Almost ten years ago when I came to work at The Saving Way, I knew very little about addiction. For most of my life, if I thought about it at all, I (arrogantly) thought an addict was likely a vagrant who wandered around the streets and who lacked the self-control and wisdom to make better decisions. And if I had thought about a ministry that I wanted to become involved in, it would have never been a men’s addiction recovery ministry. I would have been too afraid, to be honest. But when I came to TSW, I wasn’t choosing a ministry, I was just looking for a job after a divorce and 15 years as a stay-at-home mom. My English degree wasn’t doing me much good in finding a job, and I thought sorting donations and running a cash register sounded as good as anything else while I went back to school and worked on finding a real career.
Looking back now, I see for many reasons that coming to His Way right at that time had God’s hand prints all over it for my life.
My first few years working in the store I got to know many men struggling with addiction and facing lots of other issues- legal problems, serious mental and physical illnesses, and estrangement from their families. While sorting donations together, I would listen to their stories. Some had experienced horrific childhood trauma, and it was easy to see why they chose substances as a way to escape- while others came from affluent and loving families and there seemed to be no rhyme or reason to the rocky path they had taken in life. It was a little bit overwhelming.
But I started to learn some things and had some of my assumptions challenged during this time. Like, for example, I used to assume that people were generally honest in the things they said. But I learned that, for a lot of addicts, dishonesty is part of surviving and that habit doesn’t just shut off the minute they get sober. So I learned to mix skepticism with a lot of grace and mercy. I also learned that if you aren’t in recovery yourself, you will never really understand addiction. That doesn’t mean you can’t help, though.
Aside from hearing their stories, there were also plenty of regular, mundane conversations- like any coworkers- and eventually a truth began to emerge for me: these men WERE actually vagrants with no self-control…. but, really, without Jesus, so was I. My issues may not have led me to homelessness or prison, but there was a lot of freedom when I stopped pretending I didn’t have any. Our residents have complex emotions, fears, families, friends, hopes and dreams. They are people. And as unbelievable as I would have thought it at one time, they and their families started to become my friends.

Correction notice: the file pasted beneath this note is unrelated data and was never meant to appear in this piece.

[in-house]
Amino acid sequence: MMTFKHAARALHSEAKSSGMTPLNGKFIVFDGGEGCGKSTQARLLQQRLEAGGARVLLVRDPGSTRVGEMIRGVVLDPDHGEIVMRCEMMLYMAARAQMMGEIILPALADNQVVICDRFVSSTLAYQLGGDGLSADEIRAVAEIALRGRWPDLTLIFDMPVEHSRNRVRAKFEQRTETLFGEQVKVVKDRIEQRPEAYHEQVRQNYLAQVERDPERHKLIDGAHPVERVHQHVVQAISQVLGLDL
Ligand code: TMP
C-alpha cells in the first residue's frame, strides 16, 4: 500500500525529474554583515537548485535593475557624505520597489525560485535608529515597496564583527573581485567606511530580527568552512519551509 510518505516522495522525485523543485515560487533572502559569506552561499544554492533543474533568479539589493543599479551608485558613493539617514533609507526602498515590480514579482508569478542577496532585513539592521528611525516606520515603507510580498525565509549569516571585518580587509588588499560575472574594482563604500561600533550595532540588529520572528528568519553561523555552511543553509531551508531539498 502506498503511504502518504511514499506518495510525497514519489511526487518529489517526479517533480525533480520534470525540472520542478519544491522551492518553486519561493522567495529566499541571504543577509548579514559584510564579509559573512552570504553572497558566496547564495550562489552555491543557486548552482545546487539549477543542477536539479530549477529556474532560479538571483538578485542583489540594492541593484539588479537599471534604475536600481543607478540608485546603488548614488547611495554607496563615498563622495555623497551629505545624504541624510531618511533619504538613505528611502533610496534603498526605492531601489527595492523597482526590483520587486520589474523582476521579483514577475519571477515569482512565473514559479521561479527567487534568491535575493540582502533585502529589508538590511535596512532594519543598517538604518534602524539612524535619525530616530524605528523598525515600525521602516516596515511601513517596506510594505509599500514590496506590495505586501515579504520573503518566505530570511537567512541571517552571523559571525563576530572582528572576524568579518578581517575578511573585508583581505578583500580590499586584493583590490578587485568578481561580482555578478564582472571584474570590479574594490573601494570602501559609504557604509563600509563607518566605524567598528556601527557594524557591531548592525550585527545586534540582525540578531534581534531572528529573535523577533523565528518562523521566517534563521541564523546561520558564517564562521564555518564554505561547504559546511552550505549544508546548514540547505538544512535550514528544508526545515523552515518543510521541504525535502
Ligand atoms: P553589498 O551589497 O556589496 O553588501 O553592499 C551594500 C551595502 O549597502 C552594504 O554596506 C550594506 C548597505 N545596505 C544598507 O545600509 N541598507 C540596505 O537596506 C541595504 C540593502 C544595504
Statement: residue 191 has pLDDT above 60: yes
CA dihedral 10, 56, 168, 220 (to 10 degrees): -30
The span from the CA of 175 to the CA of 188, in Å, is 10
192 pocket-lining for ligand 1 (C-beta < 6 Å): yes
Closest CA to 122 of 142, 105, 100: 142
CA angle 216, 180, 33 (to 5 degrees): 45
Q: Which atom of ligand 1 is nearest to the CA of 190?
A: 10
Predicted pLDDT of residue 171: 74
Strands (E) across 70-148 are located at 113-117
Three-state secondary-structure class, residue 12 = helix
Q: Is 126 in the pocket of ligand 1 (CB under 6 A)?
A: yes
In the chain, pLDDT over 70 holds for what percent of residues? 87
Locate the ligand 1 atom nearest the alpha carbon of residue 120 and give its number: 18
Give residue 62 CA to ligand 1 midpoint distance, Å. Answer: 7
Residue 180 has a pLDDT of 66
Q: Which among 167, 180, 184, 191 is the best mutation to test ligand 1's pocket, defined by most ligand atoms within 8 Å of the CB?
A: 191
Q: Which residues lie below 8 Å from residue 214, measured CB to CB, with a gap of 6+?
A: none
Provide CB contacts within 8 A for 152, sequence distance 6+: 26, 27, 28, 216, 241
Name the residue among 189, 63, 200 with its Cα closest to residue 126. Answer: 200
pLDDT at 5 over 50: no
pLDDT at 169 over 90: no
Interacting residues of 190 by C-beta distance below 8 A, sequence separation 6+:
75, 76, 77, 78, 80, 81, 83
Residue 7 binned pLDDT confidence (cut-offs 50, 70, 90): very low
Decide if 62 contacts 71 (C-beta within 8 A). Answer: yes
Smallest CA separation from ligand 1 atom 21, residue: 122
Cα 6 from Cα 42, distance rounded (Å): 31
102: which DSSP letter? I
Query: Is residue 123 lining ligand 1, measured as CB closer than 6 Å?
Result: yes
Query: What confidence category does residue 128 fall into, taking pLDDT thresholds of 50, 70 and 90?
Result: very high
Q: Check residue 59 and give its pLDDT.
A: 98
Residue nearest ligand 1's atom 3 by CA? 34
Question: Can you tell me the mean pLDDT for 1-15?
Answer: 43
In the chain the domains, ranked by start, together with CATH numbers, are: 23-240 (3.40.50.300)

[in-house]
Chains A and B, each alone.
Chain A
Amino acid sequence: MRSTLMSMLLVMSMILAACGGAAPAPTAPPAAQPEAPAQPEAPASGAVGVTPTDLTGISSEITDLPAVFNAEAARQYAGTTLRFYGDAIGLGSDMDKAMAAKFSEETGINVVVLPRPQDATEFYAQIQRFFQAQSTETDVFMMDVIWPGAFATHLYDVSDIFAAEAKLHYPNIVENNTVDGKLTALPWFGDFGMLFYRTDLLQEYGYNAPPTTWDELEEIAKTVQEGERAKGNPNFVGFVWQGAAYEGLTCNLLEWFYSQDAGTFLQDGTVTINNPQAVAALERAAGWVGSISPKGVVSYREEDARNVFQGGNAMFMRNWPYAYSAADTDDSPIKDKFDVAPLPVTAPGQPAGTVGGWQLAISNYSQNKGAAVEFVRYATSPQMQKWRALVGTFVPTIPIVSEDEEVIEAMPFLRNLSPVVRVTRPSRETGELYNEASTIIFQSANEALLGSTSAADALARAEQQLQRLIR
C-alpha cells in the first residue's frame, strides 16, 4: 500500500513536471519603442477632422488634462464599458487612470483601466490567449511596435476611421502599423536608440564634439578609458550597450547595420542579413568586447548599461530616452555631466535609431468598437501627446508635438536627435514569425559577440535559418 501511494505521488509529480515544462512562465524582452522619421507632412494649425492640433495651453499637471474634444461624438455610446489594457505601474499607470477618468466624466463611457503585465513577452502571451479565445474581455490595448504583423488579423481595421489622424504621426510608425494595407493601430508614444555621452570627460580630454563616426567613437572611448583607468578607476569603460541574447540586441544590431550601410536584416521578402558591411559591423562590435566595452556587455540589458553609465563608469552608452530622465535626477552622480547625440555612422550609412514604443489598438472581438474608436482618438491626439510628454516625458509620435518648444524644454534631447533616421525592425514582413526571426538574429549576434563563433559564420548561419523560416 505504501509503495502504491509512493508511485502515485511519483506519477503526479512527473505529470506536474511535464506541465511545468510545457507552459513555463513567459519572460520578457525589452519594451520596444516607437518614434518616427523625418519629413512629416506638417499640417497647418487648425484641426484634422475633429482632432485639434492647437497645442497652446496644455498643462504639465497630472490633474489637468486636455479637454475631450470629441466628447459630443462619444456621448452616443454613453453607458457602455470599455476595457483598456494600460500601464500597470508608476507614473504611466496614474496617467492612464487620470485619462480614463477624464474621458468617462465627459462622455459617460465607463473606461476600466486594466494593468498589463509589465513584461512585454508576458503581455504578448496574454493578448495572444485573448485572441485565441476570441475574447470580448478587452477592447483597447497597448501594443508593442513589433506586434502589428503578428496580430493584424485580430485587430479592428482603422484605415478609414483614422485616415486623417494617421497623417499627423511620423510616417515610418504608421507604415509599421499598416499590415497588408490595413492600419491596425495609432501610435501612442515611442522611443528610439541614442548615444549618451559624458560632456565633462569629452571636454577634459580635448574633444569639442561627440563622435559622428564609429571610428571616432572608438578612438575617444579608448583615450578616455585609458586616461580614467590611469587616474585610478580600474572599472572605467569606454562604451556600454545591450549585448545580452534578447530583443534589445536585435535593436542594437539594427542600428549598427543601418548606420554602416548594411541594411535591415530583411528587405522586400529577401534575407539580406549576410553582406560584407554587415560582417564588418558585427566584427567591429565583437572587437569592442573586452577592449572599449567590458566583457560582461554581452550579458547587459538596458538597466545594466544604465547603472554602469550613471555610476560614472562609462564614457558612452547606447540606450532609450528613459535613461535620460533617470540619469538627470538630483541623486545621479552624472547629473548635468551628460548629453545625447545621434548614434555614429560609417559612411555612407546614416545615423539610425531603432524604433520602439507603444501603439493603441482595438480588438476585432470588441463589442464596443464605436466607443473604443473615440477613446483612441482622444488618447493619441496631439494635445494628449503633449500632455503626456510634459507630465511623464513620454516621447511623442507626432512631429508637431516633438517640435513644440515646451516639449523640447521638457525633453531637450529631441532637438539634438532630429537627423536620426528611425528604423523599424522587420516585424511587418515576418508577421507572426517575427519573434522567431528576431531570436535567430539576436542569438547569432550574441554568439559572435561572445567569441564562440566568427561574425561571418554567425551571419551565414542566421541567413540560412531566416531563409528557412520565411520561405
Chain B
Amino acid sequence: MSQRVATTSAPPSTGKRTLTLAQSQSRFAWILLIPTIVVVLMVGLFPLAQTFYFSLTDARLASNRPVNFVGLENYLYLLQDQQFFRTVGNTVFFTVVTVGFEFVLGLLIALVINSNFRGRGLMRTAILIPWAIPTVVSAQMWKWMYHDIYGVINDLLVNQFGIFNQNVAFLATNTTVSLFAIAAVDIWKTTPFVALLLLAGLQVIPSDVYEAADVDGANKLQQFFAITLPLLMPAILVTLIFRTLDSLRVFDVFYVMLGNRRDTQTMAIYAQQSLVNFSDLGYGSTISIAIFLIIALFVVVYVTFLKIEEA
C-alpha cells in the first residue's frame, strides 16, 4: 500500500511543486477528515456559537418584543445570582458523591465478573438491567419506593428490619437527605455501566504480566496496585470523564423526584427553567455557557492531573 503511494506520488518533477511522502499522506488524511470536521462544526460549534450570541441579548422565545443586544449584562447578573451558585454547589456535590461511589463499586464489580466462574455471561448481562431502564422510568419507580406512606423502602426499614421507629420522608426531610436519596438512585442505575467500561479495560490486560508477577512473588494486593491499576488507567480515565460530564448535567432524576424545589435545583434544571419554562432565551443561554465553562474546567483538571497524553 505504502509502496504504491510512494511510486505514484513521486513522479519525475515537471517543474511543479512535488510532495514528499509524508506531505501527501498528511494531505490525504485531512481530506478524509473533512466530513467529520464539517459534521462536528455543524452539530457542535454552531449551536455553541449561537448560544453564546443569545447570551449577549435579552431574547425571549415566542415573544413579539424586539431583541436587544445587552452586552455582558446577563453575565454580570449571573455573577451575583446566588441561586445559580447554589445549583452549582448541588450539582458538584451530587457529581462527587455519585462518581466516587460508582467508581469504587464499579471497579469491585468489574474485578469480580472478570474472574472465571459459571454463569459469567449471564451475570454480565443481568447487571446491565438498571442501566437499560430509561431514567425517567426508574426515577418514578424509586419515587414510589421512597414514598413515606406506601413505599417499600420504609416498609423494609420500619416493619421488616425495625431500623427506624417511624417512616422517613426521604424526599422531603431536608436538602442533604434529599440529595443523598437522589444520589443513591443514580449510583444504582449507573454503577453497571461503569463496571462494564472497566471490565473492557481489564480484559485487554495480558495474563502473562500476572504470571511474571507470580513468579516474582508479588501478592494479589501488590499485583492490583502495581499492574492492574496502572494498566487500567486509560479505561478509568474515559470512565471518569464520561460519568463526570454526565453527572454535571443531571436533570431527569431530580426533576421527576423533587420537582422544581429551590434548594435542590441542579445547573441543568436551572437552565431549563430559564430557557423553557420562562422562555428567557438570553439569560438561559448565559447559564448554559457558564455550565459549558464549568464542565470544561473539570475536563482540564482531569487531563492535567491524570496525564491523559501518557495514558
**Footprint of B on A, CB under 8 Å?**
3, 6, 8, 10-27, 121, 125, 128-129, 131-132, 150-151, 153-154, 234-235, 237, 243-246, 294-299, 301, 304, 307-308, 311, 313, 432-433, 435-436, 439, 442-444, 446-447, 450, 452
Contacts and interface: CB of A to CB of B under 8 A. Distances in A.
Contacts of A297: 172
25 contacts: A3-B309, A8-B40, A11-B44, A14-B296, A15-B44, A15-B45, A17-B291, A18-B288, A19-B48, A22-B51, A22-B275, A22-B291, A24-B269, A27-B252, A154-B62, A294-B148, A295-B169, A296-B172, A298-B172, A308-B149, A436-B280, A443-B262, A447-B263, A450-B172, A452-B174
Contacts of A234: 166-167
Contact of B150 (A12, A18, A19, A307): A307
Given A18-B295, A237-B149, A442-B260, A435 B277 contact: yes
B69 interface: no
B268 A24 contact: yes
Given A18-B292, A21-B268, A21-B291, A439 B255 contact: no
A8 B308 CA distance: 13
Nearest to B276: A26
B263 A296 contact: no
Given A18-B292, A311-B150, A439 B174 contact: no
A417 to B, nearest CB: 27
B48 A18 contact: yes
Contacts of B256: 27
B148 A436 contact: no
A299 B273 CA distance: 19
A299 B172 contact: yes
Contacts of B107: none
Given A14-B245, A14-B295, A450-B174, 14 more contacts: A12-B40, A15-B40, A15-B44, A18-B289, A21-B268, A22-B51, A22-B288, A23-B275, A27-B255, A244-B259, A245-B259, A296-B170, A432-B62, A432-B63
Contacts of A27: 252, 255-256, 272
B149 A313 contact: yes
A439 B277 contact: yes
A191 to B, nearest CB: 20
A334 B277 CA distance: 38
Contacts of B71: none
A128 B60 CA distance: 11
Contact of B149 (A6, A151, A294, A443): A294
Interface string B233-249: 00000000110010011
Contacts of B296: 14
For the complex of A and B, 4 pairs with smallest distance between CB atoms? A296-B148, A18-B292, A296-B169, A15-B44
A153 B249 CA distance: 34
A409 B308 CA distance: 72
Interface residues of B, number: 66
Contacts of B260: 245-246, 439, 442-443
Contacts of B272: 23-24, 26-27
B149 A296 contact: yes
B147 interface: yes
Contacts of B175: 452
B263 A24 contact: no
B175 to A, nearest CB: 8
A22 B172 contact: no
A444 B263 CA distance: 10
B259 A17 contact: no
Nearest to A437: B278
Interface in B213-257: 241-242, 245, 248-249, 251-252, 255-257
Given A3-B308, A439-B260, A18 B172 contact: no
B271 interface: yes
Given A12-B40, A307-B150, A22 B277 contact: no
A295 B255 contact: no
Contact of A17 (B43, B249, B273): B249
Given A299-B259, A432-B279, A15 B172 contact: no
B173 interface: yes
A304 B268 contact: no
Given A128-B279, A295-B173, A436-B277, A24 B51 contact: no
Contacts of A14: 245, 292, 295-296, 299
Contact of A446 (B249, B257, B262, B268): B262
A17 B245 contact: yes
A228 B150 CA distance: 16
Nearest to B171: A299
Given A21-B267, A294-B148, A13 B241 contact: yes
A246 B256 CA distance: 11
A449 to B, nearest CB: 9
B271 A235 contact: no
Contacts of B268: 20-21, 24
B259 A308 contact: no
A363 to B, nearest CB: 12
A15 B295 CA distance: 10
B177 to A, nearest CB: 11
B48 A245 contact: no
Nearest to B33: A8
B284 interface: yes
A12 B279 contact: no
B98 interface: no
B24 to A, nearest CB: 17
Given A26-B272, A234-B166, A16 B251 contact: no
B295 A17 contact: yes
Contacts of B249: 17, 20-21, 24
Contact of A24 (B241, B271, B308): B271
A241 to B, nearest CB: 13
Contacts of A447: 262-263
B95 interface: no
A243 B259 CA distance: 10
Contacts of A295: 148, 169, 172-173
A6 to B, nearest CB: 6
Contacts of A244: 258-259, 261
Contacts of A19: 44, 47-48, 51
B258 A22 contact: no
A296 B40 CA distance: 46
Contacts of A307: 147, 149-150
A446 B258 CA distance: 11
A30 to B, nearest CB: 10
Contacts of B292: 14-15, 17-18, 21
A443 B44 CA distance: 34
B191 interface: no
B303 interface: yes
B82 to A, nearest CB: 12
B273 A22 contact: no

One of our values at The Saving Way is “Second Chances”- but really, we should call it “Many Chances”. After 9 years, I have now watched the story of literally hundreds of men unfold- some have lost and found their way several times, some are serving time in prison, some have died, and some are doing really, really well. Eventually along the way, I gave up the idea of moving on to another career and when I think about all of it- I am just thankful to be a part of it. I’m a better person now.
It can be overwhelming to think about working with men in recovery-especially for women. And although it wouldn’t be wise to believe that there is no reason for a woman to be careful when considering this work, I would suggest that working and volunteering in our stores provides a unique opportunity (especially for women) to be involved and help the mission of His Way from a safer distance. The thrift stores provide significant financial support to His Way and our stores are successful because of a lot of great people working together. So you get to feel good about being a part of that. But, in addition, the stores also provide a casual and less intimidating opportunity to get to know and care for some really cool people who need the example and encouragement of Christian men and women as they work on their recovery.
In the time since I have been with His way, the opioid crisis has exploded out of control in our community, and chances are you know someone in this battle. Maybe your experience or opinion of addiction is not as harsh as mine once was. But if you want to join the fight against it and aren’t sure how- I would encourage you to come and see what our stores are about.
His Way, Director of Business Operations
His Way, Director of Business Operations